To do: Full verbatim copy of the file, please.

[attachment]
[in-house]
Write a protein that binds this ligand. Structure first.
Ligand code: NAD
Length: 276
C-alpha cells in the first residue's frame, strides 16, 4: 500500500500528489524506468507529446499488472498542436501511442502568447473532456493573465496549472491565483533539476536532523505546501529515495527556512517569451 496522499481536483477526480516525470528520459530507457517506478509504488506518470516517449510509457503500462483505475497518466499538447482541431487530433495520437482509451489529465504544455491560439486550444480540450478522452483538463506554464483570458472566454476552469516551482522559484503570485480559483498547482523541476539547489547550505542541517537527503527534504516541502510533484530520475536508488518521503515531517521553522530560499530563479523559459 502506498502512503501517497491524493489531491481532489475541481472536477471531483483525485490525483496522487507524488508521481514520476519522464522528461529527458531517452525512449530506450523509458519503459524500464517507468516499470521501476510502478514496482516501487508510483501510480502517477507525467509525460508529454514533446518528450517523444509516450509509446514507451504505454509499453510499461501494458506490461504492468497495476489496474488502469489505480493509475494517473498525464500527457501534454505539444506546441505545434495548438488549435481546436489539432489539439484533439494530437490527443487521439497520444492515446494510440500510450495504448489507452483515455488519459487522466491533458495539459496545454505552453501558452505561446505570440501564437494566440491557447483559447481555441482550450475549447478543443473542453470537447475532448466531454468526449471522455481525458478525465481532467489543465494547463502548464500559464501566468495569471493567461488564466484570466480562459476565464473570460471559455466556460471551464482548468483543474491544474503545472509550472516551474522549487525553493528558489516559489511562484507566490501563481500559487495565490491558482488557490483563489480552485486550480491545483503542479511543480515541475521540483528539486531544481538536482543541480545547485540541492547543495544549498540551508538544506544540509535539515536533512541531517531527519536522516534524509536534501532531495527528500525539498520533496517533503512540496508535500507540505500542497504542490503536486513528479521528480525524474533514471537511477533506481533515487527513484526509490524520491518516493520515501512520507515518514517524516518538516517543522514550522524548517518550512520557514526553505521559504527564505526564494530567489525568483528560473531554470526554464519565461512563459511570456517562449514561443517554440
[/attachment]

[in-house]
Write a protein that binds this ligand. Structure first.
Ligand code: NAD
Length: 276
C-alpha cells in the first residue's frame, strides 16, 4: 500500500500528489524506468507529446499488472498542436501511442502568447473532456493573465496549472491565483533539476536532523505546501529515495527556512517569451 496522499481536483477526480516525470528520459530507457517506478509504488506518470516517449510509457503500462483505475497518466499538447482541431487530433495520437482509451489529465504544455491560439486550444480540450478522452483538463506554464483570458472566454476552469516551482522559484503570485480559483498547482523541476539547489547550505542541517537527503527534504516541502510533484530520475536508488518521503515531517521553522530560499530563479523559459 502506498502512503501517497491524493489531491481532489475541481472536477471531483483525485490525483496522487507524488508521481514520476519522464522528461529527458531517452525512449530506450523509458519503459524500464517507468516499470521501476510502478514496482516501487508510483501510480502517477507525467509525460508529454514533446518528450517523444509516450509509446514507451504505454509499453510499461501494458506490461504492468497495476489496474488502469489505480493509475494517473498525464500527457501534454505539444506546441505545434495548438488549435481546436489539432489539439484533439494530437490527443487521439497520444492515446494510440500510450495504448489507452483515455488519459487522466491533458495539459496545454505552453501558452505561446505570440501564437494566440491557447483559447481555441482550450475549447478543443473542453470537447475532448466531454468526449471522455481525458478525465481532467489543465494547463502548464500559464501566468495569471493567461488564466484570466480562459476565464473570460471559455466556460471551464482548468483543474491544474503545472509550472516551474522549487525553493528558489516559489511562484507566490501563481500559487495565490491558482488557490483563489480552485486550480491545483503542479511543480515541475521540483528539486531544481538536482543541480545547485540541492547543495544549498540551508538544506544540509535539515536533512541531517531527519536522516534524509536534501532531495527528500525539498520533496517533503512540496508535500507540505500542497504542490503536486513528479521528480525524474533514471537511477533506481533515487527513484526509490524520491518516493520515501512520507515518514517524516518538516517543522514550522524548517518550512520557514526553505521559504527564505526564494530567489525568483528560473531554470526554464519565461512563459511570456517562449514561443517554440